Association between appendectomy and subsequent colorectal cancer development: an Asian population study.

January 22, 2021

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 Association between appendectomy and subsequent colorectal cancer development: an Asian population study.
Objectives: The appendix may modulate colon microbiota and bowel inflammation. We investigated whether appendectomy alters colorectal cancer risk.

Methods: We identified a cohort of 75,979 patients who underwent appendectomy between 1997 and 1999 based on the insurance claims of Taiwan. A comparison cohort of 303,640 persons without appendectomy was selected randomly, frequency matched by age, sex, comorbidity and entry year was also selected. We monitored subsequent colorectal cancer development in both cohorts.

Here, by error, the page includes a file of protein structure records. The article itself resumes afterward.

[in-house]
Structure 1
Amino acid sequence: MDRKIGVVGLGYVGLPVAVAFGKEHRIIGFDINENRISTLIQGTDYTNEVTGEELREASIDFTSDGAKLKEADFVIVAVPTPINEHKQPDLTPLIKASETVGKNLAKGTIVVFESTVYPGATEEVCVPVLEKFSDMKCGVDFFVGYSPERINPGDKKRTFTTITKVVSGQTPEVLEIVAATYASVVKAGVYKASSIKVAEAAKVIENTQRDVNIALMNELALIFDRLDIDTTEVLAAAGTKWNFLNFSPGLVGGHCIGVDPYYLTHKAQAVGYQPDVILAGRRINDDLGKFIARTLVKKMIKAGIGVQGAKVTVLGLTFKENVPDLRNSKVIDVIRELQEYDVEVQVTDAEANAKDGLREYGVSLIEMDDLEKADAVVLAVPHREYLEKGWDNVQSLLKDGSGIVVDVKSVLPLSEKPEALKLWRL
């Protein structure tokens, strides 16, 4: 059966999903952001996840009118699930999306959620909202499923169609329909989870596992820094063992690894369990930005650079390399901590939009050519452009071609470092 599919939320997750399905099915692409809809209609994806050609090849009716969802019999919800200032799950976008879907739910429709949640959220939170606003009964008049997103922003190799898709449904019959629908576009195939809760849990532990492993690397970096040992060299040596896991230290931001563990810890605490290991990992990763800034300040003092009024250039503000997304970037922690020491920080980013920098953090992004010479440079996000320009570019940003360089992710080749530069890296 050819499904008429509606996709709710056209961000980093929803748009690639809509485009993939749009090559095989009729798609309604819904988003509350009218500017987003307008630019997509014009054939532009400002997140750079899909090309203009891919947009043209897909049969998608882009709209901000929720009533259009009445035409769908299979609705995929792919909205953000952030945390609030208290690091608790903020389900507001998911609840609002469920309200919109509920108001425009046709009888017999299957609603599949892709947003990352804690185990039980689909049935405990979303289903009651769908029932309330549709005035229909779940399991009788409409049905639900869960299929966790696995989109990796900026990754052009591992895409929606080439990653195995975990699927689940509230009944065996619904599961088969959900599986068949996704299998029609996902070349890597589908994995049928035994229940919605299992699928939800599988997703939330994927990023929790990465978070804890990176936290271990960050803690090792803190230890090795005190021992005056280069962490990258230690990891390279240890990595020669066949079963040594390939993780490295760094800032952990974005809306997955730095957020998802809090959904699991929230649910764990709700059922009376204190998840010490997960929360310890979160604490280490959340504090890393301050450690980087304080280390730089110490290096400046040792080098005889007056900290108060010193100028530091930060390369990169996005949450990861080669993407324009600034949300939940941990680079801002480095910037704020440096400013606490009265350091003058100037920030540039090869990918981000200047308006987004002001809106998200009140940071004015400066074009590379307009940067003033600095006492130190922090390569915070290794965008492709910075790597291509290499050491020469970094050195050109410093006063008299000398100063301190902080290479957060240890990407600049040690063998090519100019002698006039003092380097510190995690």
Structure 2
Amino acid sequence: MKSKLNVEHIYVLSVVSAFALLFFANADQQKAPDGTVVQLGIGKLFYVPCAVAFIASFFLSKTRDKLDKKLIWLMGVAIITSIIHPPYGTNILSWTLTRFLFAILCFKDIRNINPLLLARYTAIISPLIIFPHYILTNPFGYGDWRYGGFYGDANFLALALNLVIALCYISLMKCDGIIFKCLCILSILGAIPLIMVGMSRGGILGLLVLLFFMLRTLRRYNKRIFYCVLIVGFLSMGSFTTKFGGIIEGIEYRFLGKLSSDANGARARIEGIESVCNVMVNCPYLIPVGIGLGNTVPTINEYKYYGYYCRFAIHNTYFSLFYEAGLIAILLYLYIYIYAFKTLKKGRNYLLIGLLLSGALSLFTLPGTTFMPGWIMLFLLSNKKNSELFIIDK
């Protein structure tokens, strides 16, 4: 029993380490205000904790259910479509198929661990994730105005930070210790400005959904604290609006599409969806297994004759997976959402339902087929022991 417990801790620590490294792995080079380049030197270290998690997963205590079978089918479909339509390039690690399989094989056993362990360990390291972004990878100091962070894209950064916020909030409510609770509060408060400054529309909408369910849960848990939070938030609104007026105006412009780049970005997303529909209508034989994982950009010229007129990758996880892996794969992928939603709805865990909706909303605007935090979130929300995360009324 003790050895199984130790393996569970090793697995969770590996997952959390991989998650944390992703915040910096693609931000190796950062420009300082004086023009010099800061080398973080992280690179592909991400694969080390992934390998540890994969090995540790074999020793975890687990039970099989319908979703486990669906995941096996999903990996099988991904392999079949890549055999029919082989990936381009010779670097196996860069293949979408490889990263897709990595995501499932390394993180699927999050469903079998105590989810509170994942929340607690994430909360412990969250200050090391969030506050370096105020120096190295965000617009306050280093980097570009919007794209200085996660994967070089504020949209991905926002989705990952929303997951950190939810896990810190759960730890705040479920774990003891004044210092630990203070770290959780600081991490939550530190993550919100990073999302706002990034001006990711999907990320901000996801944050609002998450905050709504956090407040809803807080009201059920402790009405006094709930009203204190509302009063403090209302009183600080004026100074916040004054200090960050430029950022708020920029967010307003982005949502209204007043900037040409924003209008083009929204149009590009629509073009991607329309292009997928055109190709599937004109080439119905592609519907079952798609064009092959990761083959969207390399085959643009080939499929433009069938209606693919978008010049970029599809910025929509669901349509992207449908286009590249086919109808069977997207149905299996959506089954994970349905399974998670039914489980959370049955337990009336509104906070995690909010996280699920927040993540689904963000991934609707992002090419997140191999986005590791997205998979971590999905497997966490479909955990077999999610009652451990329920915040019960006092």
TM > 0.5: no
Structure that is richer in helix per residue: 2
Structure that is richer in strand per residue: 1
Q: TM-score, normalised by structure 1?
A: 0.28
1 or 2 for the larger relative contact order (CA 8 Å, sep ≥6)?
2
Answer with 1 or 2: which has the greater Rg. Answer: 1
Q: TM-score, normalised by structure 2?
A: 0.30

Results: The overall colorectal cancer incidence was 14% higher in the appendectomy patients than in the comparison cohort (p <0.05): the highest incidence was observed for rectal cancer, and the lowest incidence was observed for cancer of the cecum-ascending colon for both cohorts. Men were at higher risk than women. Subjects ≥ 60 years had an HR of 12.8 compared to those <60 years. The incidence of colorectal cancer was much higher in 1.5-3.5 years post appendectomy follow-up than for the comparisons (HR of 2.13). Patients who received an incidental appendectomy had an HR of 2.90 when compared to the comparisons.

Conclusions: Results of our study suggest that appendectomy in patients with appendicitis is likely associated with the development of colorectal cancer in the post-surgery period.

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